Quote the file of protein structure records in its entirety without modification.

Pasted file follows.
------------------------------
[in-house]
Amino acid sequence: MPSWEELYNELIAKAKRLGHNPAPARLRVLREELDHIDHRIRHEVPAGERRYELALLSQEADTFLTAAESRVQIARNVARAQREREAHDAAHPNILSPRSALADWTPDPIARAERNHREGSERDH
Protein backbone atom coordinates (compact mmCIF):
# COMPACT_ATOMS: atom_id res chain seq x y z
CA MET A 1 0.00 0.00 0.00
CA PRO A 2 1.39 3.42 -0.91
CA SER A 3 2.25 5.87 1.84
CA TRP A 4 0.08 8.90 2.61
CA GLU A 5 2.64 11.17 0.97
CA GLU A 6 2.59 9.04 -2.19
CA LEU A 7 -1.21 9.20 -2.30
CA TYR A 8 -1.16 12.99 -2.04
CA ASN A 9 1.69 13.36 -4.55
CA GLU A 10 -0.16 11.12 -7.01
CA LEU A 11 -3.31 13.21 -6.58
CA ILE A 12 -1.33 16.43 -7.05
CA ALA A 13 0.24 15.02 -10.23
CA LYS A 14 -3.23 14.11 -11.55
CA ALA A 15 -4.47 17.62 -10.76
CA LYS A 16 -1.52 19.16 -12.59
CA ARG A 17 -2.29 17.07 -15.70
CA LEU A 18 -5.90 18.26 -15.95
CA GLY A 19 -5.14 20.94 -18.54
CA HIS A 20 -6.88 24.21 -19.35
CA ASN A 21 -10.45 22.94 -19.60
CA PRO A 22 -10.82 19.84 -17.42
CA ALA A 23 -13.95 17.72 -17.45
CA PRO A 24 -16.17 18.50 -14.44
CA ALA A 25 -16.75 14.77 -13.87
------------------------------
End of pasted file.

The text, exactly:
[in-house]
Amino acid sequence: MPSWEELYNELIAKAKRLGHNPAPARLRVLREELDHIDHRIRHEVPAGERRYELALLSQEADTFLTAAESRVQIARNVARAQREREAHDAAHPNILSPRSALADWTPDPIARAERNHREGSERDH
Protein backbone atom coordinates (compact mmCIF):
# COMPACT_ATOMS: atom_id res chain seq x y z
CA MET A 1 0.00 0.00 0.00
CA PRO A 2 1.39 3.42 -0.91
CA SER A 3 2.25 5.87 1.84
CA TRP A 4 0.08 8.90 2.61
CA GLU A 5 2.64 11.17 0.97
CA GLU A 6 2.59 9.04 -2.19
CA LEU A 7 -1.21 9.20 -2.30
CA TYR A 8 -1.16 12.99 -2.04
CA ASN A 9 1.69 13.36 -4.55
CA GLU A 10 -0.16 11.12 -7.01
CA LEU A 11 -3.31 13.21 -6.58
CA ILE A 12 -1.33 16.43 -7.05
CA ALA A 13 0.24 15.02 -10.23
CA LYS A 14 -3.23 14.11 -11.55
CA ALA A 15 -4.47 17.62 -10.76
CA LYS A 16 -1.52 19.16 -12.59
CA ARG A 17 -2.29 17.07 -15.70
CA LEU A 18 -5.90 18.26 -15.95
CA GLY A 19 -5.14 20.94 -18.54
CA HIS A 20 -6.88 24.21 -19.35
CA ASN A 21 -10.45 22.94 -19.60
CA PRO A 22 -10.82 19.84 -17.42
CA ALA A 23 -13.95 17.72 -17.45
CA PRO A 24 -16.17 18.50 -14.44
CA ALA A 25 -16.75 14.77 -13.87